This tossup sounded a lot like a few other things, civilization and colonialization especially. The "and its dicontents" clue especially seemed misleading, though I'm sure if someone actually knew anything about "Civilization and its Discontents" they'd be silly to buzz there. Do you have any comments on that?
Round 5, Bonus 4 wrote: [10] To form the future tense in German, you must conjugate this verb, which roughly means “to become.” This verb should only be used for potentially uncertain actions or to describe actions far away in the future.
ANSWER: werden [something like “VERD-EN”]
Oh boy, this third part. The first two were reasonable, maybe a tad hard if one hadn't quite gotten there in Spanish yet (though if I'm not mistaken you learn the future tense of "ir + infinitive" in Spanish 1). But this last part, that all of a sudden asked for the future tense in German, I don't understand. I'm sure it's probably a pretty easy German verb, comparable to "ir", but it seems a stretch to require people to know two languages well, especially when one isn't even offered at some schools. I feel like a part on perhaps the etymology of peculiar Spanish words like "izquierda" or "usted" might have been better.
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Re: 2014-2015 BISB Specific Questions Discussion

Post by Oh No You Didn't »

Santa Claus wrote:
Round 1, Tossup 10 wrote:This process is a consequence of market, resource, IT, and ecological imperatives in a book contrasting it with retribalization, by Benjamin Barber. Joseph Stiglitz criticized the IMF in a book titled for this phenomenon and “its discontents”. The N30 in Seattle in 1999 kicked off a protest movement against this phenomenon. Ten factors, including (*) insourcing, outsourcing, Netscape, and the Fall of the Berlin Wall resulted in this process, according to Thomas Friedman’s The World is Flat. McWorld is a criticism of how this phenomenon is driving the spread of fast food. For 10 points, name this process by which the world is gradually becoming more homogeneous.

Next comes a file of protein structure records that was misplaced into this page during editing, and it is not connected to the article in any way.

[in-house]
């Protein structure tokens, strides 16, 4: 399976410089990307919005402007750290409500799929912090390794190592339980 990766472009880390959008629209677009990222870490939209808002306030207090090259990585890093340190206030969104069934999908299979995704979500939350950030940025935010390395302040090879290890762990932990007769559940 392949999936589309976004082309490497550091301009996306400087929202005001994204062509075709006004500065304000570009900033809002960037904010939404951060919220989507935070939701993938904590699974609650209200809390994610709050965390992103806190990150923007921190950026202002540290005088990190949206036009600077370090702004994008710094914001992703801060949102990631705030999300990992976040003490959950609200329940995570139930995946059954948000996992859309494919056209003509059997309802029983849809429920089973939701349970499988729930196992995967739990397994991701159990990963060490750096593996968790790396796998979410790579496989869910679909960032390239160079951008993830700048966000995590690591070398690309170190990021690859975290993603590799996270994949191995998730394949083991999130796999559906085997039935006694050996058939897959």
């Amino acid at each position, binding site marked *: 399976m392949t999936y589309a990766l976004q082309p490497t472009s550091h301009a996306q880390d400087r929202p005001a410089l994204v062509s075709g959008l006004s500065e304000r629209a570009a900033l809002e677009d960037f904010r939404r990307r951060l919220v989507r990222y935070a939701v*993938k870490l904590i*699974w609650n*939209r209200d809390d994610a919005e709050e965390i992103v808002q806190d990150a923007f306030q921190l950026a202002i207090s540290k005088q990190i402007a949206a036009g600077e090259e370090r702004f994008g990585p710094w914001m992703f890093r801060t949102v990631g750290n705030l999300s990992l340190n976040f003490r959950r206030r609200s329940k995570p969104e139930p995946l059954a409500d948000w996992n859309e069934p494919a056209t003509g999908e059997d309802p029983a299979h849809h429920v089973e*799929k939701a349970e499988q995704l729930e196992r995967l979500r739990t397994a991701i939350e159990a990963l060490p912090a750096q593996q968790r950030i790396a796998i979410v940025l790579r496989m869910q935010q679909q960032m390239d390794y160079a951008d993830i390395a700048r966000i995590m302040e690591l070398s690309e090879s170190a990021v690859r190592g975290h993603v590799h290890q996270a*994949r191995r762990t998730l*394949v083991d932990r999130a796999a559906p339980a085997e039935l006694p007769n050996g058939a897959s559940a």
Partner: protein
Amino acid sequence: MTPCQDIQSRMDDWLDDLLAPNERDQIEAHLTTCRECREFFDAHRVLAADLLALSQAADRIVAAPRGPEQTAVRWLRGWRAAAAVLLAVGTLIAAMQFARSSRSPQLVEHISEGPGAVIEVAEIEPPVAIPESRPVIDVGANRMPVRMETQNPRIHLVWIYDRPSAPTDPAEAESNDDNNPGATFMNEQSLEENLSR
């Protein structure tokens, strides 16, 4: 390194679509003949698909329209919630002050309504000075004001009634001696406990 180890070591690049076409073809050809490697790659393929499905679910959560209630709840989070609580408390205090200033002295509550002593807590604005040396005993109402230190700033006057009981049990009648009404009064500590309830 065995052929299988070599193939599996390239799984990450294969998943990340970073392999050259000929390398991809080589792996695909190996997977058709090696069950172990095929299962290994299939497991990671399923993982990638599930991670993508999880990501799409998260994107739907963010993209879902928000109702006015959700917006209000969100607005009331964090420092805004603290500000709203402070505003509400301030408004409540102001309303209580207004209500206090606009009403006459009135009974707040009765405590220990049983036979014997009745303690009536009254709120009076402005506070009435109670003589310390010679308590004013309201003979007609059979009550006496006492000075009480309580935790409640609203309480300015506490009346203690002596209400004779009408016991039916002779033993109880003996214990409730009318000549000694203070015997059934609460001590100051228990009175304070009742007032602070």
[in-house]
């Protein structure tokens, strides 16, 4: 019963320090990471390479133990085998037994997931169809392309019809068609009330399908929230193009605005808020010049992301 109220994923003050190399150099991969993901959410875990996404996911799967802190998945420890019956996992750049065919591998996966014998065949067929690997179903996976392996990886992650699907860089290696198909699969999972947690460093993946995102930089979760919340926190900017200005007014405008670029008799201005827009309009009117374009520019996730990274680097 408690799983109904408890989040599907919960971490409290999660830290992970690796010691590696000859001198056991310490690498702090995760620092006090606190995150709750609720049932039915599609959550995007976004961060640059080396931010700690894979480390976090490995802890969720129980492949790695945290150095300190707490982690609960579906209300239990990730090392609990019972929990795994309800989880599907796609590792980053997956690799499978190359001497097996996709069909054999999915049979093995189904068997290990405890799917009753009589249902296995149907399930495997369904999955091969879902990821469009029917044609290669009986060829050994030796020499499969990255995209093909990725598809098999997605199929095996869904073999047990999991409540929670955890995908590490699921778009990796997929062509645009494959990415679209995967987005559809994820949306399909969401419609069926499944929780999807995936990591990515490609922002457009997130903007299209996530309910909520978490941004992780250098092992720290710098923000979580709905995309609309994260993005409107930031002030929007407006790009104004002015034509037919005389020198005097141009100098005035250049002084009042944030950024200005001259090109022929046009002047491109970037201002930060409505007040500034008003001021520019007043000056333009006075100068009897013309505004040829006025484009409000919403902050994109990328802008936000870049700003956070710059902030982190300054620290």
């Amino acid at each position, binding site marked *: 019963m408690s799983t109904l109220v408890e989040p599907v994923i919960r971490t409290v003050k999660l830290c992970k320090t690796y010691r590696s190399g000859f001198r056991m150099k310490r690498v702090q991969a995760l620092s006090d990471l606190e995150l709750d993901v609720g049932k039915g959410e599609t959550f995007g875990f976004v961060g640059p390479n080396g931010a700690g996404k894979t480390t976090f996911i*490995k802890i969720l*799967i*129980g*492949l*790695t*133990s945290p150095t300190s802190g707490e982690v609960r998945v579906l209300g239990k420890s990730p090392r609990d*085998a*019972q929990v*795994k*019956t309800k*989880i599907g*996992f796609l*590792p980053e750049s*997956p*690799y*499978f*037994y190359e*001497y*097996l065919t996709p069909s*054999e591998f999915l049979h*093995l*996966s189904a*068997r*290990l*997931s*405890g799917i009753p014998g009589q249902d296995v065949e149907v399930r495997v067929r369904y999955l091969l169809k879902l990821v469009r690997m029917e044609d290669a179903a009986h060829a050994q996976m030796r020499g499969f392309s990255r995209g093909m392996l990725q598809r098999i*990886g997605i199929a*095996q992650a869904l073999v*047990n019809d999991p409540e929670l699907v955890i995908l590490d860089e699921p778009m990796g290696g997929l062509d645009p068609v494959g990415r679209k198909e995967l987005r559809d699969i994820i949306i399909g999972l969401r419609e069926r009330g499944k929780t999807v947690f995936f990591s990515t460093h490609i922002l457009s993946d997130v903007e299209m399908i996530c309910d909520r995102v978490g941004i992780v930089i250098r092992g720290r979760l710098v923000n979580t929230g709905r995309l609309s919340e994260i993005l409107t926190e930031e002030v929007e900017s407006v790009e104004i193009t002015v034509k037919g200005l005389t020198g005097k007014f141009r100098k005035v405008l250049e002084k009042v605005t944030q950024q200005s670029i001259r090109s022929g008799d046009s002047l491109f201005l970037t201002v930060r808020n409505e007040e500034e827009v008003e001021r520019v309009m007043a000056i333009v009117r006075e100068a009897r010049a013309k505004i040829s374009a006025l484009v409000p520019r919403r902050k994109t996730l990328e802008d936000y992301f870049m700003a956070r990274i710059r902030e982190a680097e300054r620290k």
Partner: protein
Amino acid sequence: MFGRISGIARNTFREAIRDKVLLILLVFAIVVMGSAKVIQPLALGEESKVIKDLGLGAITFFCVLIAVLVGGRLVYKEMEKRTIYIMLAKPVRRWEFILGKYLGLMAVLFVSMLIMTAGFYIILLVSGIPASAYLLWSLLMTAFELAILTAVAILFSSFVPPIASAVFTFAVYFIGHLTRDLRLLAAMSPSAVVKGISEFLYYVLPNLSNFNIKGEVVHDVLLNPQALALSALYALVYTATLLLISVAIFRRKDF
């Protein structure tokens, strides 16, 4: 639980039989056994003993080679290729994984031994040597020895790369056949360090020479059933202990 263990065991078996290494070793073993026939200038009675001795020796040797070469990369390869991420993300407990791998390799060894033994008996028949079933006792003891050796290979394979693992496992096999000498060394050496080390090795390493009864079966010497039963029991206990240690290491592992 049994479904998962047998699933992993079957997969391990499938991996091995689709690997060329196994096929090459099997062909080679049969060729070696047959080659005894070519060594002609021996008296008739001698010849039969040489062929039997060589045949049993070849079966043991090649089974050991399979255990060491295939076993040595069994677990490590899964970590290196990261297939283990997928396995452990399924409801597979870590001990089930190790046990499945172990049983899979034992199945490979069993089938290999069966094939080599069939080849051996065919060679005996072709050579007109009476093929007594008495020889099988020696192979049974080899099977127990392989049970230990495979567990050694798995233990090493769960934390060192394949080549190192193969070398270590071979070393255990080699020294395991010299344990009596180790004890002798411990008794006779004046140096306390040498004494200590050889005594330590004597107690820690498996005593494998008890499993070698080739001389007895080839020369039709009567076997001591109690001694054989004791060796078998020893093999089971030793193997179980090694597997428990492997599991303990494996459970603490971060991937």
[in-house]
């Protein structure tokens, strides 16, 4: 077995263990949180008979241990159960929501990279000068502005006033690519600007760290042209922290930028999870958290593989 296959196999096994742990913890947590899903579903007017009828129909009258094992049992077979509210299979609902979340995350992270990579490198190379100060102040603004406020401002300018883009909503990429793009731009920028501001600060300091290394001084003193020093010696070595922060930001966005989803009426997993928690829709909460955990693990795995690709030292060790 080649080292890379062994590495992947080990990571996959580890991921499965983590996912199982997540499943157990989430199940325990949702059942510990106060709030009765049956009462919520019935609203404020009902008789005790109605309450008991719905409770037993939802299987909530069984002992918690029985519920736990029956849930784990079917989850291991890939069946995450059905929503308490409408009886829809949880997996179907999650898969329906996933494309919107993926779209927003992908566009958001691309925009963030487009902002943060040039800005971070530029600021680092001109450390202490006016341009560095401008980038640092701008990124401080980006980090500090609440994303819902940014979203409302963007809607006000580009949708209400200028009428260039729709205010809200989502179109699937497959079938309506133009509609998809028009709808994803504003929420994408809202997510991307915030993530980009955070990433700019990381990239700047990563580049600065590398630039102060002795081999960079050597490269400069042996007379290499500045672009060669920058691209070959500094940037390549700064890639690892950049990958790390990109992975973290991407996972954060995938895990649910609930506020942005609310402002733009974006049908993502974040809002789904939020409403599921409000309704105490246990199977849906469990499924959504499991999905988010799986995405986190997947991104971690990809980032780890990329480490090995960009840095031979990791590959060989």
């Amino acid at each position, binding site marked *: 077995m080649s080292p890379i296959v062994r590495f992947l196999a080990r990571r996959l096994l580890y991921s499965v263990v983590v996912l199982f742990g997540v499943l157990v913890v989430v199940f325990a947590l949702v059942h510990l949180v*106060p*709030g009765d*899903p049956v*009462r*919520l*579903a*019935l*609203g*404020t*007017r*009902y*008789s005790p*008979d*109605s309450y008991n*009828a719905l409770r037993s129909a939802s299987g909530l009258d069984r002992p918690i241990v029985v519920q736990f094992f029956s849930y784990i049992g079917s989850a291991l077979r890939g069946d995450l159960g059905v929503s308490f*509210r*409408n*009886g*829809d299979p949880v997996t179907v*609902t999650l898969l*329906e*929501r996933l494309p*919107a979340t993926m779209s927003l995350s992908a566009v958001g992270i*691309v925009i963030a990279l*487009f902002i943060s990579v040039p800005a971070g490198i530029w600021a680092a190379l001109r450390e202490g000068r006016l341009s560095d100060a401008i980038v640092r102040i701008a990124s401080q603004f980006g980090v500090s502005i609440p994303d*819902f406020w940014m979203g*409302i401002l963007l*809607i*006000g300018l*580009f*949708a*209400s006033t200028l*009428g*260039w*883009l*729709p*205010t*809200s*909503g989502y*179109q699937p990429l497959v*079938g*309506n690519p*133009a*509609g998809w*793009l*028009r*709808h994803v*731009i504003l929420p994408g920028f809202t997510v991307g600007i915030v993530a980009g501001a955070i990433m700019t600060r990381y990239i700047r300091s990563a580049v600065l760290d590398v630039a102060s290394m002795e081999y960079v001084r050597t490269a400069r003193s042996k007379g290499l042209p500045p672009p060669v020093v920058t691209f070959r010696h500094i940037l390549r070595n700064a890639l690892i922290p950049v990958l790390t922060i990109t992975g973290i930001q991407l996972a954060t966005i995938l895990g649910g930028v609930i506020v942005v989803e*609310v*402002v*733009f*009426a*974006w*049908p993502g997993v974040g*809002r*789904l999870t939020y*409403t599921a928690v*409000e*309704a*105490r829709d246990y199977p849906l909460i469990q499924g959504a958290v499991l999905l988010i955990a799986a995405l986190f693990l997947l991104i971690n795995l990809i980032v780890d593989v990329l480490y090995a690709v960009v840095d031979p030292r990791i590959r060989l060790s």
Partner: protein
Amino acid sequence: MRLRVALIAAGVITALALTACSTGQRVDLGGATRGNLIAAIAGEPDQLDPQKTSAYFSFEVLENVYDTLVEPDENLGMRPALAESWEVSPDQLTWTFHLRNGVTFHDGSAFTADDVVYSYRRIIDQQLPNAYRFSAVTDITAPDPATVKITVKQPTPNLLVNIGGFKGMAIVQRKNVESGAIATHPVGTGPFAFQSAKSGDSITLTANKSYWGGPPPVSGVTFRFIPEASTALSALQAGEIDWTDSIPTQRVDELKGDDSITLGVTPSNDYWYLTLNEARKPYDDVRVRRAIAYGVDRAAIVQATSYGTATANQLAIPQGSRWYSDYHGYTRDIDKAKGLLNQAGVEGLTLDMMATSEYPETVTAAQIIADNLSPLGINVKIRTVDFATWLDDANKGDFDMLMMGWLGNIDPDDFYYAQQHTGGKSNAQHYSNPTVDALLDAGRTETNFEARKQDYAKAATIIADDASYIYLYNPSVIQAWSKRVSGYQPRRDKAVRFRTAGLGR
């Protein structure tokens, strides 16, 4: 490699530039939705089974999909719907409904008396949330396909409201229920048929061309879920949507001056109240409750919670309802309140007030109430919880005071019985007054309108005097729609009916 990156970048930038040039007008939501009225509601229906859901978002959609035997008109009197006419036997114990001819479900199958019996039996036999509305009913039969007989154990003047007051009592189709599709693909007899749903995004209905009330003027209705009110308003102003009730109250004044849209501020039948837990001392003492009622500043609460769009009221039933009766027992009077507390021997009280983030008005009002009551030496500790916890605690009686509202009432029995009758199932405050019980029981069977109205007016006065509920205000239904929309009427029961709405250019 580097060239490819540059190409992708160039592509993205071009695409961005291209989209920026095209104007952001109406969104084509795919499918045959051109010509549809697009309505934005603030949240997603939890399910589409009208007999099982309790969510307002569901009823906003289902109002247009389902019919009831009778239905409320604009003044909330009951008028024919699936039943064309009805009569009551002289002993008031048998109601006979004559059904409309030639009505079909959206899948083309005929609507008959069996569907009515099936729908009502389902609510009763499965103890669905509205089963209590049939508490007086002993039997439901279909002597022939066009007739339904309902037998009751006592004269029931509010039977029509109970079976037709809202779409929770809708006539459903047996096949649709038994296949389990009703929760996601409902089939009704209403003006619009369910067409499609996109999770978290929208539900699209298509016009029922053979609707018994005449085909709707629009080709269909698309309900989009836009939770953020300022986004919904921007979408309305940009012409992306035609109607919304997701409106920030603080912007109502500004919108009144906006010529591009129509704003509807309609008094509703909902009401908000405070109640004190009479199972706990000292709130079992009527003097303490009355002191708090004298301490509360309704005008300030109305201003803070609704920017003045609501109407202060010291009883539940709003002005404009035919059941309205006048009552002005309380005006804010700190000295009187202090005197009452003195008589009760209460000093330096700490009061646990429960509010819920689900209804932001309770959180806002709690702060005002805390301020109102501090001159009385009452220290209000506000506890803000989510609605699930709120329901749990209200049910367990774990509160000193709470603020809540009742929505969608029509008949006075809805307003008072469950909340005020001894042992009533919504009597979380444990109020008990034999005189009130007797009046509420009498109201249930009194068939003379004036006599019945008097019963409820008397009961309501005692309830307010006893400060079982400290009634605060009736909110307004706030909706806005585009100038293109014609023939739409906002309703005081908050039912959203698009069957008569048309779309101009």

ANSWER: globalization [or word forms; prompt on commercialization; prompt on free trade until “Friedman” is read]
This tossup sounded a lot like a few other things, civilization and colonialization especially. The "and its dicontents" clue especially seemed misleading, though I'm sure if someone actually knew anything about "Civilization and its Discontents" they'd be silly to buzz there. Do you have any comments on that?
dude it literally GIVES you the author's name. If someone's buzzing with civilization then they clearly haven't listened to any part of the question!
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Re: 2014-2015 BISB Specific Questions Discussion

Post by RexSueciae »

Santa Claus wrote:
Round 4, Tossup 10 wrote:This man responded to praise from Moses Seixas in his “Letter to the Hebrew Congregation at Newport.” This man said that “overgrown military establishments” are hostile to liberty in a speech explaining that North and South, and East and West, were in “unrestrained intercourse.” This man shamed rebellious officers in his Newburgh Address. This man warned (*) America against meddling in foreign affairs and dividing into factions in his Farewell Address. In a eulogy, Henry Lee called him, “first in war, first in peace, and first in the hearts of his countrymen.” For 10 points, name this first US president.